Apply generous amount of warm gel and position the patient in left lateral decubitus if tolerated. The heart sits in the chest at an angle and can be approached through the intercostal muscles. These intercostals and structures such as the liver gray or black structures in the near field act as acoustic windows to allow sound waves to penetrate to the underlying heart and chest cavity.

Comparatively, strong reflectors such as ribs or gas in the stomach obscure visualization into the far field. The ribs obscure the beam from penetrating, therefore it is important to rotate the cardiac probe to align the beam parallel to the ribs in the space and eliminate rib shadows.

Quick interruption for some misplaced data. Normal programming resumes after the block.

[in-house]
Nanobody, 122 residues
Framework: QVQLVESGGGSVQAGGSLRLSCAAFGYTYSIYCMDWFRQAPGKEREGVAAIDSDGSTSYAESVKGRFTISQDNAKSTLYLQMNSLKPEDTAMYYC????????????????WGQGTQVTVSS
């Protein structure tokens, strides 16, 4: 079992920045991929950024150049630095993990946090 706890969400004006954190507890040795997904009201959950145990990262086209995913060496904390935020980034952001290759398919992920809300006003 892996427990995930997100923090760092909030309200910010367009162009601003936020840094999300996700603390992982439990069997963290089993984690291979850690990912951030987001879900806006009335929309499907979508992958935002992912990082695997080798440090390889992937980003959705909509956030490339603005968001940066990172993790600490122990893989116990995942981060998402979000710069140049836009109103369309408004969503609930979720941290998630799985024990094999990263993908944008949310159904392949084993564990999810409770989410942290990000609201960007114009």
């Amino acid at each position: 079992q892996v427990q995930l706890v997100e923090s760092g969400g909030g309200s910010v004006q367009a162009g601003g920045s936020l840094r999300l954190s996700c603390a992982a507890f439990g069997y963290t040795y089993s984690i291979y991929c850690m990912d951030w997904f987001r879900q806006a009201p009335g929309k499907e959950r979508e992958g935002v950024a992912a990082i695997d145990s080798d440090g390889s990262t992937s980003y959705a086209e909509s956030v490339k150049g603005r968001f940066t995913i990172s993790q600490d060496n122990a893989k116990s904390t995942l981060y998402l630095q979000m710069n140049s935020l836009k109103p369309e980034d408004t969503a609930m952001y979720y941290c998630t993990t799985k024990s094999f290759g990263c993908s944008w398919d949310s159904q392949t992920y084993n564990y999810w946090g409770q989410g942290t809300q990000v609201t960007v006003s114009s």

Long Axis Parasternal: The heart sits obliquely in the left chest with the apex pointing toward the left hip. To obtain the long parasternal view, begin to sweep the probe across the parasternal area in the third or fourth intercostal space.

If the mark on the monitor is on the left, than point the probe to the left hip, if the mark on the monitor is on the right, point the probe to the right shoulder. Either way the image is displayed in the same manner for convenience with the curved apex on the left side of the monitor See Illustration 1,2, and 3 and Figures 1 and 2. Look for the landmark mitral valve and rotate the probe to image the aortic and mitral valve in the same long axis plane.